Cruising Costa Rica The MotoAdventures Way | Dirt Rider

Cruising Costa Rica The MotoAdventures Way

Three scenic days of mountains, beaches, jungles, and lots of fun trails

Costa Rica

Costa Rica is a mountainous country in Central America with a number of volcanoes and plenty of beautiful scenery. It also boasts a huge network of remote dirt roads and spicy single-track originally created to transport coffee beans, bananas, and other commodities that dirt riders can enjoy today.

Mark Kariya

I was afraid it’d come to this sooner or later—I’d finally met my match. The hard-packed, wet Costa Rican clay made it difficult to even stand when trying to pick up the KTM 350 EXC-F after tipping over on this particular hill, having lost all momentum on a second (or was it the third?) failed attempt to ride to the top.

With the heat, humidity, and all the physical labor inherent in a botched attempt, the only choice was to cry, “¡No mas!” It was time to turn the job over to our MotoAdventures guide, Pablo Monge, who coasted the bike back down the hill, across the creek, then turned around and sailed easily to the top.

Pacific Ocean

Riding on a beach next to the Pacific Ocean is something that Americans generally can’t do at home, but it’s easily achievable in Costa Rica. ISDE veteran Tony Maklouf turns around for another pass.

Mark Kariya

But the minor embarrassment was a small price to pay for what we’d already conquered and what lay ahead on our three-day trail tour through Costa Rica. It was just Pablo, me, and a Costa Rican friend, Tony Maklouf (who’s ridden Six Days five times), plus chase truck driver Dimas Jimenez, and—as expected—turned out to be three full days on the trail, which allowed us to explore a taste of what the Central American country offers the dirt-riding tourist.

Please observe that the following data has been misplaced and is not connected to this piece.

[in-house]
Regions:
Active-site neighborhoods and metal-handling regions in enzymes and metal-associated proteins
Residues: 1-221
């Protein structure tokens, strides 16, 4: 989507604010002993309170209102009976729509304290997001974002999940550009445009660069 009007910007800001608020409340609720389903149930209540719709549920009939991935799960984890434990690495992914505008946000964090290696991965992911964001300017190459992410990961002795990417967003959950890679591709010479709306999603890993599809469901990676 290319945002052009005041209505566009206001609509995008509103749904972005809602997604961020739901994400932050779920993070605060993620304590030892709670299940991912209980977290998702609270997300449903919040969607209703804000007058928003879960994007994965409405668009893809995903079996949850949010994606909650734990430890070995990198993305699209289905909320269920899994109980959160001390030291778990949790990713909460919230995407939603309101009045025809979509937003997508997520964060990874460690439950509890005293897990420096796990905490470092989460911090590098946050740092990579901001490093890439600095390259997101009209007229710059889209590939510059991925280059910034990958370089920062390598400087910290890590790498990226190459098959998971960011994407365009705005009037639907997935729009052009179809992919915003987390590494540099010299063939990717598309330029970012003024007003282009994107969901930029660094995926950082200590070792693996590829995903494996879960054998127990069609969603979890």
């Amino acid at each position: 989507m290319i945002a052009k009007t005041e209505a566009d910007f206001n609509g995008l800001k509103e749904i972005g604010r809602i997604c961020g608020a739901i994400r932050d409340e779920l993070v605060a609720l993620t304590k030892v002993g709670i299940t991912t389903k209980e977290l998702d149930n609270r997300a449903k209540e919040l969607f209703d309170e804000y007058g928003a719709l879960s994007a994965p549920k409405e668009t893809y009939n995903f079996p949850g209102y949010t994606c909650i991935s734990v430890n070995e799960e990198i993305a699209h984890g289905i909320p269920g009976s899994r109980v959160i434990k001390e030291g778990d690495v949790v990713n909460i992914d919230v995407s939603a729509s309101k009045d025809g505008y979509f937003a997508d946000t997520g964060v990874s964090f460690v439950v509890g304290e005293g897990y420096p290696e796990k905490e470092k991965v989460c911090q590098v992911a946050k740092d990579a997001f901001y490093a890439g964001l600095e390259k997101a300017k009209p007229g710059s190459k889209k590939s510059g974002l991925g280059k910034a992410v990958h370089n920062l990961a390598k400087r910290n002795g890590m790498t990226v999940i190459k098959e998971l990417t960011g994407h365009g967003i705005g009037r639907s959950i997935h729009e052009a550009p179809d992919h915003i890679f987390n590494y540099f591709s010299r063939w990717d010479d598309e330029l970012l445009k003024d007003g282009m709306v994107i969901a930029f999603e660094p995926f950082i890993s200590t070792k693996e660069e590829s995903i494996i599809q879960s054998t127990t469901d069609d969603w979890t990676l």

Since neither Tony or I ride that much nowadays (especially multiple long days in a row), we opted for a slightly gentler route with plenty of dirt roads, which were still fun and allowed us to take in lots of Costa Rica’s beautiful scenery. However, Pablo (who speaks English and is an excellent rider) knew exactly when and where to dive into the jungle for prime single-track to keep us from getting bored and provide no small degree of satisfaction upon completing the section.

Costa Rica

There’s a reason Costa Rica is so green—rainy season or not—and you’ll ride through many of those reasons.

Mark Kariya

We spent each night in a different town, Dimas never failing to have our gear/overnight bags in our rooms or meeting us for a lunch stop in whatever tiny village we paused in, where he refueled our bikes while we feasted on local fare.

After our first day from San José’s (the capital city of Costa Rica and the place you’d likely fly into) suburb of Escazú to Parrita not far from the Pacific, the Palma Real Hotel was quiet, fairly isolated, and our small group comprised the majority of guests. The next day was a big loop from Parrita to Hermosa Beach, where we stayed at the Marea Brava Hotel—a favorite on MotoAdventures tours as it’s right on the beach and very accommodating to dirt riders.

costa rica

In one small village, we happened to catch the locals preparing for the following month’s independence day celebrations.

Mark Kariya

Most of the country, in fact, seems to accommodate dirt riders in a way not too common in the US. As the years have passed since MotoAdventures first started running tours, the locals may have grown more accustomed to seeing dirt bikes. While driving through Escazú’s smaller streets to the staging location for the first day, I couldn’t help but notice several groups of riders heading out—some hauling their bikes in the backs of pickup trucks, others simply riding the suburban streets to reach the trails as we would soon be doing.

While riding in the dirt is always an adventure, doing so in a different country adds immensely to the experience. It’s not just the terrain, the language, or the food that’s different—it’s observing a way of life that’s similar in some ways and different in many others.